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For most families, the idea of being out of touch with a sibling for decades is unusual. Even more unusual would be learning that an estranged sibling had passed away six years ago and no one in the family knew. Stranger still – learning that your brother had left you two bank accounts worth $81,000. One family’s experience holds a lesson for all:  if they are not included in a will or discussed with family members, many accounts go unclaimed. For this family, a scavenger hunt proved worth the effort.

When an 84 year old resident of a New York boarding home passed away in 1994, no one in the family was notified. It had been 27 years since any family members had heard from Louis Passerini, an eccentric who had deliberately isolated himself from his family.

Passerini left behind no contact information for anyone to get in touch with his family to even let them know that he had passed away.

Six years later a search firm contacted Passerini’s two brothers.

The firm had been hired to find his heirs.


Passerini had two bank accounts in New York that needed to be distributed.

All his brothers knew was that Passerini was a career military man and a miser. As a result, the brothers thought there might be more bank accounts out there.

Indeed, after a long scavenger hunt, they discovered that their hunch was right on the money.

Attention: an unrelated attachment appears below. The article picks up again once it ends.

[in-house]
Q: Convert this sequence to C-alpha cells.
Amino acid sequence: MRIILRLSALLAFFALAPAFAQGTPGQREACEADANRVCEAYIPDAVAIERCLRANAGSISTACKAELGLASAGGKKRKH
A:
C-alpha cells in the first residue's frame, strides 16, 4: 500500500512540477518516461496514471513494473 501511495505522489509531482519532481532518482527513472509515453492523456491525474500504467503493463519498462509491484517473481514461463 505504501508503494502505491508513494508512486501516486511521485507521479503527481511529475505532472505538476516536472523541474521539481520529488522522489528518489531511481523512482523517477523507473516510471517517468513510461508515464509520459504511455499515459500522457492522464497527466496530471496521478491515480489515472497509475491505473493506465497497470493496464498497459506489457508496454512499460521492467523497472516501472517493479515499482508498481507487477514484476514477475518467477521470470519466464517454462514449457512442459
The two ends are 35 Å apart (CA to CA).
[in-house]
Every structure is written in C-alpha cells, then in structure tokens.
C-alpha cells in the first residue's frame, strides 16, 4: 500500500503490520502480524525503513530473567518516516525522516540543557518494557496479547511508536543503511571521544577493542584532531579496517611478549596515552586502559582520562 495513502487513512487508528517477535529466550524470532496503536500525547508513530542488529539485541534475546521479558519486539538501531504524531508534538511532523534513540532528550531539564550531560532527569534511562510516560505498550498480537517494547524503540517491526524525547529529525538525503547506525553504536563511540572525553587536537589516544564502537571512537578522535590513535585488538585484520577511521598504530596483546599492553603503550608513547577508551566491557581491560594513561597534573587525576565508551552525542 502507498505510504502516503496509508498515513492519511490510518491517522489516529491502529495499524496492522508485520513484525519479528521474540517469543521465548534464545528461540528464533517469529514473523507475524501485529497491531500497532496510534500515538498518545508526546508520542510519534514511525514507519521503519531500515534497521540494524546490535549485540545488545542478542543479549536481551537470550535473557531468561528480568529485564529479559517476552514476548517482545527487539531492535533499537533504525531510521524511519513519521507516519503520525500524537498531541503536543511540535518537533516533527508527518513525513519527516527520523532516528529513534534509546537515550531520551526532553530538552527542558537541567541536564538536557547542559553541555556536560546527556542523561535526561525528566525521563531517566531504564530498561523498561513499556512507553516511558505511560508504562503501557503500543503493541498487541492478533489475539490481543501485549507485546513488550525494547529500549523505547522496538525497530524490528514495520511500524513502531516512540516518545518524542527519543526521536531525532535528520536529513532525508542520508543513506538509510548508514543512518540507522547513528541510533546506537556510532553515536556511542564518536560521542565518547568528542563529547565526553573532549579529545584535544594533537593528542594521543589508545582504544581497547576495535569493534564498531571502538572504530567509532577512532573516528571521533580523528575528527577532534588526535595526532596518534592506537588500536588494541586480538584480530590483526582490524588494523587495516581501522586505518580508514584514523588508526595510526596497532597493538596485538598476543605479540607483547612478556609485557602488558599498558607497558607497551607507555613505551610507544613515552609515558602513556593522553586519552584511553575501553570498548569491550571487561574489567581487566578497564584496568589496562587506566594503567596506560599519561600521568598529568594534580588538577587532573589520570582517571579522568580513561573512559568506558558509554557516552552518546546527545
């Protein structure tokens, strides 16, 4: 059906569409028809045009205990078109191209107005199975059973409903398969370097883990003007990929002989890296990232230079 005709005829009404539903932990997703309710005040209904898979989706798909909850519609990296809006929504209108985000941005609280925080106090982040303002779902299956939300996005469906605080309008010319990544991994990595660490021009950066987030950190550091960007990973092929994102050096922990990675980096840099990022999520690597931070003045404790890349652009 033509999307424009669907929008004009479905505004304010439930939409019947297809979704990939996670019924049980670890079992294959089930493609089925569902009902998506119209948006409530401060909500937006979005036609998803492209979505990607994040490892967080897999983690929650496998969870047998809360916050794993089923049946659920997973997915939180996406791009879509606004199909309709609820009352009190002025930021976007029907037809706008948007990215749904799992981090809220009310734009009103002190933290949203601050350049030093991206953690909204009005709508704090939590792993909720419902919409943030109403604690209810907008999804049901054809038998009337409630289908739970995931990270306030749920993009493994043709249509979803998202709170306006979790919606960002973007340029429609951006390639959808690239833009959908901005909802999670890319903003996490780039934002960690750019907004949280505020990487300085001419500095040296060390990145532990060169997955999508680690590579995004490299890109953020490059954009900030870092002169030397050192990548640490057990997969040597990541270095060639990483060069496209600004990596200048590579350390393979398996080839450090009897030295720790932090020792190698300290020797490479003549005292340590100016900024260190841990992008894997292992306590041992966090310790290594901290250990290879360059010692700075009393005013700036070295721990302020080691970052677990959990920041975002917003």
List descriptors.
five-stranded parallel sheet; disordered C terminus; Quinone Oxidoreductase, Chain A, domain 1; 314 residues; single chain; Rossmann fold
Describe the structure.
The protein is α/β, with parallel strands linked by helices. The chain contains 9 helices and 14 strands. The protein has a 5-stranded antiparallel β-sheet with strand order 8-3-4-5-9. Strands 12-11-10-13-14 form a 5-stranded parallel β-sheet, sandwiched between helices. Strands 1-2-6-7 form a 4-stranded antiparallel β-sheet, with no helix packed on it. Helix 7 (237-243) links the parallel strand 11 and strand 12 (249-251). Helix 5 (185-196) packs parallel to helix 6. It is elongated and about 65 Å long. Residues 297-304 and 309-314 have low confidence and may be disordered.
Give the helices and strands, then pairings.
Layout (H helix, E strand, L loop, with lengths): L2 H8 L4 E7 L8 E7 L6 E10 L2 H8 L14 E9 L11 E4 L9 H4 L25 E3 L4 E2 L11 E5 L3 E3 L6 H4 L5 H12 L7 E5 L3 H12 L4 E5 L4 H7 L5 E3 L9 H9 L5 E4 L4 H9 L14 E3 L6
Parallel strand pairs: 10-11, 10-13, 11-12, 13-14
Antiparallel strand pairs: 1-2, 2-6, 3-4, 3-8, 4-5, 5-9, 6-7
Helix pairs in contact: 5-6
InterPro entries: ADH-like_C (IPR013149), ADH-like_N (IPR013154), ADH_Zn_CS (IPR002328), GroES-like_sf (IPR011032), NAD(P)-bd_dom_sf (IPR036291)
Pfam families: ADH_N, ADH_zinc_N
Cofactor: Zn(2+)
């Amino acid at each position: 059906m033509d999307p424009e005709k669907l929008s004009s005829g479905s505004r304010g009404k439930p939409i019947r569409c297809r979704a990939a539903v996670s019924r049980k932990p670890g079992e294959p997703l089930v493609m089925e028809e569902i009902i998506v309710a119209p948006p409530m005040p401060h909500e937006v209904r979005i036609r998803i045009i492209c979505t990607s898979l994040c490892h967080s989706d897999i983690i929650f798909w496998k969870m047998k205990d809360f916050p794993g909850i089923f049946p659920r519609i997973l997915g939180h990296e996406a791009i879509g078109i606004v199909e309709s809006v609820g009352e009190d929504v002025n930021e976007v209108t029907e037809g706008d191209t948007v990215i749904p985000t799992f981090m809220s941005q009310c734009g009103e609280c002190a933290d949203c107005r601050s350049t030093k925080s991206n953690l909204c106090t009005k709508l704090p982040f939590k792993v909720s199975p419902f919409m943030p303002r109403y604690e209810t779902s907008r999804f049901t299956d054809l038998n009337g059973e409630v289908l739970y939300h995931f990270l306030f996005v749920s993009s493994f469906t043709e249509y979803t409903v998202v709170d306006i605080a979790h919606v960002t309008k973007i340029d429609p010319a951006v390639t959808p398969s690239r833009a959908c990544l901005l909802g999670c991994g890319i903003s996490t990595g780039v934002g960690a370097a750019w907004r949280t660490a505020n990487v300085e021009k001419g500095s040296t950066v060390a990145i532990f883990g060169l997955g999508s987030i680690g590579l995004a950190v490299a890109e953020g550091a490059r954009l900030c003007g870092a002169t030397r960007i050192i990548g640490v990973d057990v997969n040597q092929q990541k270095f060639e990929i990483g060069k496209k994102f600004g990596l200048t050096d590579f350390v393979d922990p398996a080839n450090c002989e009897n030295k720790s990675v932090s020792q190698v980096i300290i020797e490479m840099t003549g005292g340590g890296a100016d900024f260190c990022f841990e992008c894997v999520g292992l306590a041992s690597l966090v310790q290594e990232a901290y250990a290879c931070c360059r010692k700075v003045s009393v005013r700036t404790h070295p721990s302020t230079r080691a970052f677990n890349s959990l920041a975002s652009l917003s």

In fact, there were many bank accounts totaling nearly $1 million.

DNAinfo reported this story in an article titled “Long-Lost Brother’s Death Leads Man on $1M Scavenger Hunt.”

Not everyone has a long lost sibling with bank accounts all over the country that need to be tracked down.

On the other hand, even the family members with whom we do remain in contact might have accounts they have forgotten or they neglect to mention in an estate plan.

Consequently, when someone passes away it is important that the executor perform due diligence in tracking down any accounts that might have been forgotten.

Reference: DNAinfo (July 20, 2015) “Long-Lost Brother’s Death Leads Man on $1M Scavenger Hunt.”

For more information on asset preservation and estate planning, please visit my estate planning website.

Mr. Amoruso concentrates his practice on Elder Law, Comprehensive Estate Planning, Asset Preservation, Estate Administration and Guardianship.